New Shiite alliance minus Maliki

BAGHDAD: Major Shiite groups have formed a new alliance that will exclude the Iraqi prime minister, lawmakers said Monday, a step likely to stoke fears of increasing Iranian influence and shake up the political landscape before January parliamentary elections.

The coalition will include the largest Shiite party, the Iranian-backed Supreme Iraqi Islamic Council, or SIIC, and anti-U.S. cleric Muqtada al-Sadr's bloc, as well as some small Sunni and secular parties.

Prime Minister Nouri al-Maliki's Dawa Party was left out after the sides disagreed over leadership and other organizational issues as well as the Shiite politician's desire to broaden the coalition to include more prominent Sunnis and Kurds, officials said.

A strong showing by the new alliance in January's election would ensure the domination of Iraqi politics by Shiite religious parties that are viewed with suspicion by the Sunni Muslim minority, which lost its grip on power when Saddam Hussein's Sunni-led regime collapsed in 2003.

Monday's announcement represented a major realignment in the Iraqi political scene, which has been dominated by the Supreme Council and al-Maliki's Dawa Party since Saddam's overthrow.

The split between the rival Shiite camps is a new setback for al-Maliki's election hopes after his effort to portray himself as a champion of security was battered by a series of devastating bombings in Baghdad and in northern Iraq in recent weeks. The most recent struck the foreign and finance ministries on Wednesday, killing about 100 people.

An aide to al-Maliki congratulated the new alliance but said Dawa was seeking a wider spectrum of political parties, tribal leaders and other officials.

"We have no strategic differences with them, but we argued with them about the mechanism of participation in the alliance and the need to open this alliance to include a broad range of political powers," Hassan al-Sineid said in televised remarks.

The announcements were a rare public show of Shiite disunity, but both sides were careful not to appear to be at odds and to stress the possibility that Dawa could still join the alliance.

"We are hoping for their participation and the door will be left open for them," said ex-Prime Minister Ibrahim al-Jaafari, who joined the alliance at the head of a bloc he recently formed.

Iraqi Vice President Adel Abdul-Mahdi, a top SIIC member, also reached out to Dawa, saying it was important to present a strong united front that can address the overwhelming challenges facing the country.

Al-Maliki's aides have said the prime minister was working to form a broad-based, national coalition that he could lead in the January vote in a bid to end sectarian politics. The inclusion of Sunnis in the Shiite-led alliance announced Monday and his own battered image could force him to reconsider.

Talks were under way between al-Maliki and the main Sunni Awakening Council leader in Anbar province, Sheik Ahmed Abu Risha, on forming their own alliance along with others to compete in January's vote, a government official said, speaking on condition of anonymity because he wasn't authorized to disclose the information.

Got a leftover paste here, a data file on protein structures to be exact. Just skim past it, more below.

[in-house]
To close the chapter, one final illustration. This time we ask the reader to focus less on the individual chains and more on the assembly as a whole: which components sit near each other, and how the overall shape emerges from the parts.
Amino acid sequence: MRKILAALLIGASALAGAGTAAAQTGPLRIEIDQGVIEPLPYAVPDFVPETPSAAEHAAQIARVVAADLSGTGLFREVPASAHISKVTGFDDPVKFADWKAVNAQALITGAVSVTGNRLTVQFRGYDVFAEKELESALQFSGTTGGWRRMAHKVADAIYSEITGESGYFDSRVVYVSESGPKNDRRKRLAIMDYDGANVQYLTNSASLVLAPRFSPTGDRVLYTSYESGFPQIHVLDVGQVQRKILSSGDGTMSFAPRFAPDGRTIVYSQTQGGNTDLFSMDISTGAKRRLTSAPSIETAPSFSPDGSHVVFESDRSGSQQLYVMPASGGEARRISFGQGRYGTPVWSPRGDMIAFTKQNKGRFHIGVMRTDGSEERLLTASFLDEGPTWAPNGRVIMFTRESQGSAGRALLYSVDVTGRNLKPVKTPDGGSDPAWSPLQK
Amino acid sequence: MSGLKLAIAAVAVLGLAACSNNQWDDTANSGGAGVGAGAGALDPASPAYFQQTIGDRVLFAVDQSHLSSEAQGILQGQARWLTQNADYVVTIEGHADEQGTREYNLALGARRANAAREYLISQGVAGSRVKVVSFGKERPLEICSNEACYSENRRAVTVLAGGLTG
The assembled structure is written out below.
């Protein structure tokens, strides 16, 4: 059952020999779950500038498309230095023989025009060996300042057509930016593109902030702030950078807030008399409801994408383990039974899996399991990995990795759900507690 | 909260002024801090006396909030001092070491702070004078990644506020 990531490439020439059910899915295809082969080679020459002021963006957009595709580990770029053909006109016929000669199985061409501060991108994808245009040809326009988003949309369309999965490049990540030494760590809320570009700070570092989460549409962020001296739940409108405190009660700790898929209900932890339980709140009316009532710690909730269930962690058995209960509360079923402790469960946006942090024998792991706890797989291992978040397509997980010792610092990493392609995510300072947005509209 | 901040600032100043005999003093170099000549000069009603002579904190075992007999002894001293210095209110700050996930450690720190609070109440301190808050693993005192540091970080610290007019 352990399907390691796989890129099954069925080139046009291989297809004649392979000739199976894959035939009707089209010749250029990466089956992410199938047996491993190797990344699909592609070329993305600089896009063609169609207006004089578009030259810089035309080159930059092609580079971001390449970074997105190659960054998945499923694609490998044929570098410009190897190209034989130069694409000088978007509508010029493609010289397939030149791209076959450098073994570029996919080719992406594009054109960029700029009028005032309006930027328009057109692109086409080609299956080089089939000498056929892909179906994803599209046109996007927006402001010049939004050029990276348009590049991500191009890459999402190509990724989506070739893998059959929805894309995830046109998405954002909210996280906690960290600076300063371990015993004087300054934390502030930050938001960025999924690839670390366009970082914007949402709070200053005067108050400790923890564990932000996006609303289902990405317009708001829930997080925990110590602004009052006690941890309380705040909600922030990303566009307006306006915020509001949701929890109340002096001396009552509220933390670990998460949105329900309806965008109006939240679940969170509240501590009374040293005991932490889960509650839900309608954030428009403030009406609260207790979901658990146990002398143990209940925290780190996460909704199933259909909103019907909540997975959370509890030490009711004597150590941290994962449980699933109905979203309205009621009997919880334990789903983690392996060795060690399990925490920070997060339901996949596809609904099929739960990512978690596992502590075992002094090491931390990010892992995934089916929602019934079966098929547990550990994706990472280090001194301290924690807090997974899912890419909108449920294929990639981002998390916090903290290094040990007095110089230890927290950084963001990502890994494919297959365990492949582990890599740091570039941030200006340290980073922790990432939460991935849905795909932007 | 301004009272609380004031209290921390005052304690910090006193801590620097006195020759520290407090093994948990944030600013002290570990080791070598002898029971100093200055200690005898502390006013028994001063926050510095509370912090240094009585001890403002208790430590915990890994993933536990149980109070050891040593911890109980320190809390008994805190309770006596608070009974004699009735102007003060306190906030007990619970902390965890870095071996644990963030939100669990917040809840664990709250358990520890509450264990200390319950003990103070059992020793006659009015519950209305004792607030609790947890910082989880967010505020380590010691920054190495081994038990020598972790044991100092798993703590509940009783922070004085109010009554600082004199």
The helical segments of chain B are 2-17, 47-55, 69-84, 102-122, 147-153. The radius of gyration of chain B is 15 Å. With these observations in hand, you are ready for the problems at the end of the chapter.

The coalition will replace the United Iraqi Alliance, which won control of parliament in the last parliamentary elections in December 2005 but began to unravel later with the withdrawal of two major factions and the bitter rivalry between al-Maliki and the Supreme Council.

Members of the groups joining the list stood one-by-one at a news conference to announce the new list.

Al-Jaafari, al-Maliki's predecessor, read a statement, noting that the ailing leader of the Supreme Council, Abdul-Aziz al-Hakim, was absent because he has been hospitalized in Iran.

"We wished that al-Hakim could be with us, but he is sick," al-Jaafari said. "We pray he will feel better soon but he will be with us spiritually," al-Jaafari said.

Al-Hakim, who was diagnosed with lung cancer in 2007, has wielded enormous influence since the 2003 U.S. invasion, maintaining close ties to both the Americans and his Iranian backers.

He has groomed his son, Ammar, as his successor. Ammar al-Hakim also missed the news conference because he had rushed to Iran as his father's health deteriorated, officials said.

Al-Jaafari said the new alliance would be focused on rebuilding the economy and security in Iraq.

Also absent was al-Sadr, who is believed to be in Iran. His bloc was represented by lawmakers and officials.

The list included several Sunnis, comprising a small faction from the western Anbar province that includes fighters who joined forces with the Americans against al-Qaida in Iraq and won several seats in provincial elections earlier this year.

"Al-Qaida announced their Islamic state and we managed to topple them," said the leader of the Anbar faction, Sheik Hameed al-Hais. "We call on the new alliance to be serious in dealing with security in Iraq."

Ex-Deputy Prime Minister Ahmad Chalabi, a one-time Pentagon favorite who leads the secular Iraqi National Congress, is also in the new alliance.

The Supreme Council lost control of major southern provinces to an alliance led by al-Maliki in the Jan. 31 provincial elections, raising concern among other Shiite politicians that internal divisions could cost them seats in January's parliamentary elections.

If the alliance does well, Tehran could gain deeper influence in Iraq just as U.S. forces begin to withdraw. The last American soldier is scheduled to leave Iraq by the end of 2011.

Many Sunnis consider the Supreme Council as little more than an instrument of Iranian policy. The party was founded in Iran in the early 1980s with the help of Tehran's ruling clergy and its militia fought alongside the Iranians against Iraq in the 1980-88 war.